Show Your Work!: 10 Ways to Share Your Creativity and Get Discovered
by Austin Kleon
(Workman Publishing) 
"Show Your Work! is a wonderful follow-up to Austin Kleon’s first book, Steal Like an Artist. Utilizing the same fun, graphic novel-ish type of format, Kleon gives practical recommendations about using the Internet and social media to create a community. I particularly appreciate his advice to concentrate on process, not on product, and the rest will follow. A must-read for anyone involved in the creative process."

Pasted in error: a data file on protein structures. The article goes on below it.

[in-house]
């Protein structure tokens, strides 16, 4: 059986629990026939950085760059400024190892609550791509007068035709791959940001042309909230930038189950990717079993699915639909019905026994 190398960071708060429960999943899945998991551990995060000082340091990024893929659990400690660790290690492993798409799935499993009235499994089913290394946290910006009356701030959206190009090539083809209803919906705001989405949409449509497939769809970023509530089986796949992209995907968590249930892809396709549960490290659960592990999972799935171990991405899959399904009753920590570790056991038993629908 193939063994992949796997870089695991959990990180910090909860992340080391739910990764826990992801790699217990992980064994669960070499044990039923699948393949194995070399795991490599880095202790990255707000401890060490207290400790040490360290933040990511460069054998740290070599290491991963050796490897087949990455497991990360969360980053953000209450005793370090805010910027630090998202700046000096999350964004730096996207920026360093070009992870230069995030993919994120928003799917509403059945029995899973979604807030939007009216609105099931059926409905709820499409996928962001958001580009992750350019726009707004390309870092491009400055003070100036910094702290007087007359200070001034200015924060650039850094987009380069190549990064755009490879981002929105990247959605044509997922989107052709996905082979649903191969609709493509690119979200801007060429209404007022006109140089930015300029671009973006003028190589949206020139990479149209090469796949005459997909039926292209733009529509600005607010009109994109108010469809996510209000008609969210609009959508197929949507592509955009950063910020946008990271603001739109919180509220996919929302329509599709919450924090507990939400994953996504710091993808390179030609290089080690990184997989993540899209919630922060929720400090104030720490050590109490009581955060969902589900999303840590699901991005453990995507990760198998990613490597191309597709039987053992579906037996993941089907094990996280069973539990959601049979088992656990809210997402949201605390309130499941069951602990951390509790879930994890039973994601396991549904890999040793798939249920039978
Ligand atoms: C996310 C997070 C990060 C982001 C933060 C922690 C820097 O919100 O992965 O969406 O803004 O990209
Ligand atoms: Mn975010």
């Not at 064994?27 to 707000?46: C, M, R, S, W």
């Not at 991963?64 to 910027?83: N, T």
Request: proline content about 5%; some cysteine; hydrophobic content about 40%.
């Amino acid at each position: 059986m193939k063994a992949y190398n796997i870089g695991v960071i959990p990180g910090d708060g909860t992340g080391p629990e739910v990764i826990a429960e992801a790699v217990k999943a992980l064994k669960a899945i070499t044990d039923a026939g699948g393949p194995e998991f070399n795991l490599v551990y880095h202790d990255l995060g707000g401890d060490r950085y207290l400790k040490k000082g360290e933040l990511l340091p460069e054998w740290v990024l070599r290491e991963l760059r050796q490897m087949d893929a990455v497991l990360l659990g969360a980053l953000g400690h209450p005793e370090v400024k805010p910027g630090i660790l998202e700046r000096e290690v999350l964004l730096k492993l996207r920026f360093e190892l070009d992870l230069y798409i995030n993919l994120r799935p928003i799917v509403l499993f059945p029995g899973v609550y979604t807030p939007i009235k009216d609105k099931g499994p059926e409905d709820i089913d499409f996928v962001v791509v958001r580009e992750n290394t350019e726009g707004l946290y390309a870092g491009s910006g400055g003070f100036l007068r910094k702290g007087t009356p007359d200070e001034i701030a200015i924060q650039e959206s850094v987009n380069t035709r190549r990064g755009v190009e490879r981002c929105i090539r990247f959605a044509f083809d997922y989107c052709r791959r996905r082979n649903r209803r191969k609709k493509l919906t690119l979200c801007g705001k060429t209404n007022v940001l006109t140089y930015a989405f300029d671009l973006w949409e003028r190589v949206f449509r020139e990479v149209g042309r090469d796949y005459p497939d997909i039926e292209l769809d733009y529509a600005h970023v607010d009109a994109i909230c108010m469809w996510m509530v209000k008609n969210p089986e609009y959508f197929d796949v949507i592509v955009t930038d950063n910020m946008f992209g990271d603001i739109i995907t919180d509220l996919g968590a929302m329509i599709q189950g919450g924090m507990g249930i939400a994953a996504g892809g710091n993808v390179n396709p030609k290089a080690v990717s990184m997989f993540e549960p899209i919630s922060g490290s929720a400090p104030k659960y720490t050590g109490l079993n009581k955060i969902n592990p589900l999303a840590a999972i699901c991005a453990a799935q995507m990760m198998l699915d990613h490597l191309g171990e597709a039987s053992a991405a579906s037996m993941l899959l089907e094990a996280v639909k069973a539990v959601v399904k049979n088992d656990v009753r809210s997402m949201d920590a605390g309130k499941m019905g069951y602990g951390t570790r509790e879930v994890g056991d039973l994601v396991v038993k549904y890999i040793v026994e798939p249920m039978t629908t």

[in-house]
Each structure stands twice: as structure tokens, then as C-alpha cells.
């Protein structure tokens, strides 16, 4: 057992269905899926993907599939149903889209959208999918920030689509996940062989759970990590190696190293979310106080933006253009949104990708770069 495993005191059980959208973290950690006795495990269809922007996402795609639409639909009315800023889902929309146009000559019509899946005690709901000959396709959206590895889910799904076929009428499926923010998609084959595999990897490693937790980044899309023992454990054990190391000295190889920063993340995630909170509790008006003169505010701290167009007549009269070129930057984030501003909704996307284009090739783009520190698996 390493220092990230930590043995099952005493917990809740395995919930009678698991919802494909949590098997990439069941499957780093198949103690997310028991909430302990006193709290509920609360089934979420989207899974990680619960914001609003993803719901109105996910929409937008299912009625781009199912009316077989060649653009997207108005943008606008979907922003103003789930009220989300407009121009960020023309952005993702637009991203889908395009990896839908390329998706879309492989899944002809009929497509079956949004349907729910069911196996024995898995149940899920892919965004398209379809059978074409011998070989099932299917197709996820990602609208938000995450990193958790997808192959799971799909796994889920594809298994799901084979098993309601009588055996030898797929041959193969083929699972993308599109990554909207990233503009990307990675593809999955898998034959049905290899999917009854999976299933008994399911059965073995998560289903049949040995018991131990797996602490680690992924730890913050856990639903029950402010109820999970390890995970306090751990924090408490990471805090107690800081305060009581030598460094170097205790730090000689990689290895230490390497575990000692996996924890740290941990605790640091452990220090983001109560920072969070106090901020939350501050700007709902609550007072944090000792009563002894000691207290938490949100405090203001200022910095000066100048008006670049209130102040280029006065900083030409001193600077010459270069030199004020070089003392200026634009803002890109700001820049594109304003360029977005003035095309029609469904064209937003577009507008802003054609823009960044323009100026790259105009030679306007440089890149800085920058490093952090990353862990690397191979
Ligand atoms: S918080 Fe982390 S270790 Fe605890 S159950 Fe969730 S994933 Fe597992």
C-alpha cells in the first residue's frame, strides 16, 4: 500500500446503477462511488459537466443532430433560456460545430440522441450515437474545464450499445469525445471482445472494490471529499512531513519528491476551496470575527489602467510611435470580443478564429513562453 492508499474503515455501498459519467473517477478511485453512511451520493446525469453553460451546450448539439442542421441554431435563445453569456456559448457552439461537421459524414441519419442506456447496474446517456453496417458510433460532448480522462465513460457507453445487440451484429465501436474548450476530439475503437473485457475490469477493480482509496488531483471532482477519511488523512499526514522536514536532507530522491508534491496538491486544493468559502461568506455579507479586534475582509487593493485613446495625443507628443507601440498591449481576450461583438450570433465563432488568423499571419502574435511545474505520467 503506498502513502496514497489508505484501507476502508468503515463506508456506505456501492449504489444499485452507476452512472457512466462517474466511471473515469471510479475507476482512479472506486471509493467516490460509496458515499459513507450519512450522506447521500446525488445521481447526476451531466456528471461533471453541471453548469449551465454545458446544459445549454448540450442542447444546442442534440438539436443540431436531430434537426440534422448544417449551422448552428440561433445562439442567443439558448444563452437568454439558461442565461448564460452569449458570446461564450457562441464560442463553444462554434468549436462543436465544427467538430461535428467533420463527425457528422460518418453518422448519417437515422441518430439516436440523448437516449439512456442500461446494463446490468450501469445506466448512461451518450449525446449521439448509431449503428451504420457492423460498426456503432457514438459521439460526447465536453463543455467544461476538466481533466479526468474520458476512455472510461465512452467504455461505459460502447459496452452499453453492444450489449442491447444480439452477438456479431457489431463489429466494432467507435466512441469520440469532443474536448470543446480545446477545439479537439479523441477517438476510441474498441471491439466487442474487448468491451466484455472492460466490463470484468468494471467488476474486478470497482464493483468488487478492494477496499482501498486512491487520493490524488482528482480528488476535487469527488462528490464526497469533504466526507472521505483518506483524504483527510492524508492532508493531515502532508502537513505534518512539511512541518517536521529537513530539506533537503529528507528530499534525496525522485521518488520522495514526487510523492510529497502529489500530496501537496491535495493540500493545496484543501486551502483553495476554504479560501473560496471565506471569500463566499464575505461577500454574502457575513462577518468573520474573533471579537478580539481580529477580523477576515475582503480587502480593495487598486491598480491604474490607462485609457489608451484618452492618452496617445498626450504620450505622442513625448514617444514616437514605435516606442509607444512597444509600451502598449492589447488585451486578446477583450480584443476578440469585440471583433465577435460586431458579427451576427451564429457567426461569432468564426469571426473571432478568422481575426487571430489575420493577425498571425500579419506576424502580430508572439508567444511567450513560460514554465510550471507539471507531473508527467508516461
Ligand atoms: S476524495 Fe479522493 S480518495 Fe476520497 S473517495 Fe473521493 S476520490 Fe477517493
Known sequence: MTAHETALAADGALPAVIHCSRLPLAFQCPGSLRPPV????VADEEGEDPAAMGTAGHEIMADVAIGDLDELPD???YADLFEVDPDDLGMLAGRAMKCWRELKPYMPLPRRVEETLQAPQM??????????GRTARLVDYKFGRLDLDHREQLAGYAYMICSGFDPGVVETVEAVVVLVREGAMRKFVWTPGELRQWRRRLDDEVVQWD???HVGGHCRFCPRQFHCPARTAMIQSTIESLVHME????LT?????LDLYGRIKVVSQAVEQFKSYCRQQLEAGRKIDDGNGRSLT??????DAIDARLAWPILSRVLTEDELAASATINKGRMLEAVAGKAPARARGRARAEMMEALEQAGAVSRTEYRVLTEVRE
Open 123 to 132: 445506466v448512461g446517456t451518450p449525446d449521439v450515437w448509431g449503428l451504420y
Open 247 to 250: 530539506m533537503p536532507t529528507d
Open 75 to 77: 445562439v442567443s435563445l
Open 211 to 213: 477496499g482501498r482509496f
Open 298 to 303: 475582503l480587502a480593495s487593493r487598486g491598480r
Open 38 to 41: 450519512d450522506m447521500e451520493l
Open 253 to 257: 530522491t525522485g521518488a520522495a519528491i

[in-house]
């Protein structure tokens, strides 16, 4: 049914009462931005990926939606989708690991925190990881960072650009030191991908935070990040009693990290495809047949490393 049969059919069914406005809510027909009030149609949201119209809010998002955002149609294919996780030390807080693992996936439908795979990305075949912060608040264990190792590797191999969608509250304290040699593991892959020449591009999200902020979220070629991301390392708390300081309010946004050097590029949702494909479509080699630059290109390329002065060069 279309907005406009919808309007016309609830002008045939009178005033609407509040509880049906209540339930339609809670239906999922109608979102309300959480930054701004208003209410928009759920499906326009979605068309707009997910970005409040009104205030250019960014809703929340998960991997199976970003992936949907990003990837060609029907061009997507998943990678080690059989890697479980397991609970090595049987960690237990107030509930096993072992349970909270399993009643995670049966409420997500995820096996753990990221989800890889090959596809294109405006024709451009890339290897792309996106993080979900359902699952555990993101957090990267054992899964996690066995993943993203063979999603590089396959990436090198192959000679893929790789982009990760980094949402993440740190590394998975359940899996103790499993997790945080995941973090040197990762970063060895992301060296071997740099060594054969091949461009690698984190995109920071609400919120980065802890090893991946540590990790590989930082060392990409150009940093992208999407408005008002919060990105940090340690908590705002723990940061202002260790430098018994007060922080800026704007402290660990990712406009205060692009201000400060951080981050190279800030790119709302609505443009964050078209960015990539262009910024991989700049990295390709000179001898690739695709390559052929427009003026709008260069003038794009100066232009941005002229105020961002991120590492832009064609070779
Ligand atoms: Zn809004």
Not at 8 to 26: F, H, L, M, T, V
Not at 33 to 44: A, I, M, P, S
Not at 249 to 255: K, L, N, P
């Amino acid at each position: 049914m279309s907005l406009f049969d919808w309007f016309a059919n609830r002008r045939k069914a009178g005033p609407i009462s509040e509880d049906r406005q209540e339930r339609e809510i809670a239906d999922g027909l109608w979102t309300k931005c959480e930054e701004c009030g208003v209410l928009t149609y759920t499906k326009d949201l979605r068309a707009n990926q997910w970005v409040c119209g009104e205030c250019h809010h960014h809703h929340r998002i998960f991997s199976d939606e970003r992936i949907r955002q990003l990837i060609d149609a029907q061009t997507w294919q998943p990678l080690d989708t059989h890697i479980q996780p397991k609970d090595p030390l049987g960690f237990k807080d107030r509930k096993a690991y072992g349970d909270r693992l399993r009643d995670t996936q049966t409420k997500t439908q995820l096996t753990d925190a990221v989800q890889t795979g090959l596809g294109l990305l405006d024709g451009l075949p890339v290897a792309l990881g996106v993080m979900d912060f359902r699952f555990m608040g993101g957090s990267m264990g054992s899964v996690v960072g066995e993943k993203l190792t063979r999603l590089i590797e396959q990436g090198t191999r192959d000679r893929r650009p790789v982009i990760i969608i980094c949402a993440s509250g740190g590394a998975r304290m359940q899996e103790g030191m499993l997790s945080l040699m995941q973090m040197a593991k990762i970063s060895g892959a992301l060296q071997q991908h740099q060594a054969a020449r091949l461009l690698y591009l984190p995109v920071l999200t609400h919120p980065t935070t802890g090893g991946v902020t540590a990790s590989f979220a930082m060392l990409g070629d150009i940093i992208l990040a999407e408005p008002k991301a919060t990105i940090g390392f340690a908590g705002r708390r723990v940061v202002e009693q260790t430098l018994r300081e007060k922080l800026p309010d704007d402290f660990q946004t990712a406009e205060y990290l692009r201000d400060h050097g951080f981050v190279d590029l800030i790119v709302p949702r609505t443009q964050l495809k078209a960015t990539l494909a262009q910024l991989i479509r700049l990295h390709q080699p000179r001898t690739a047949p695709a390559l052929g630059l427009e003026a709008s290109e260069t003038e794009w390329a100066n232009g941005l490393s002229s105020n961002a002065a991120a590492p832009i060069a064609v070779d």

--Rebekka Hanson, Madison Library District, Rexburg, ID

Tuesday, February 25, 2014

Winter People by Jennifer McMahon

Ooh! Here is a good horror story for those of you who like ghosts, murder and haunting. Meet Ruthie(16) and younger sister Fawn. Their mother, Alice, disappears one night and in their search for her they find hidden a gun, two wallets of people they don't know and an old diary from Sara a woman who live in their farmhouse in 1908. The farmhouse they live in is next to a rock formation called Devil's Hand. Local legends say it is a dangerous and haunted place, a place where people go missing ever since Sara went crazy after the accidental loss of her only child Gertie. Or was it an accident?

Thursday, February 6, 2014

Mercy Snow by Tiffany Baker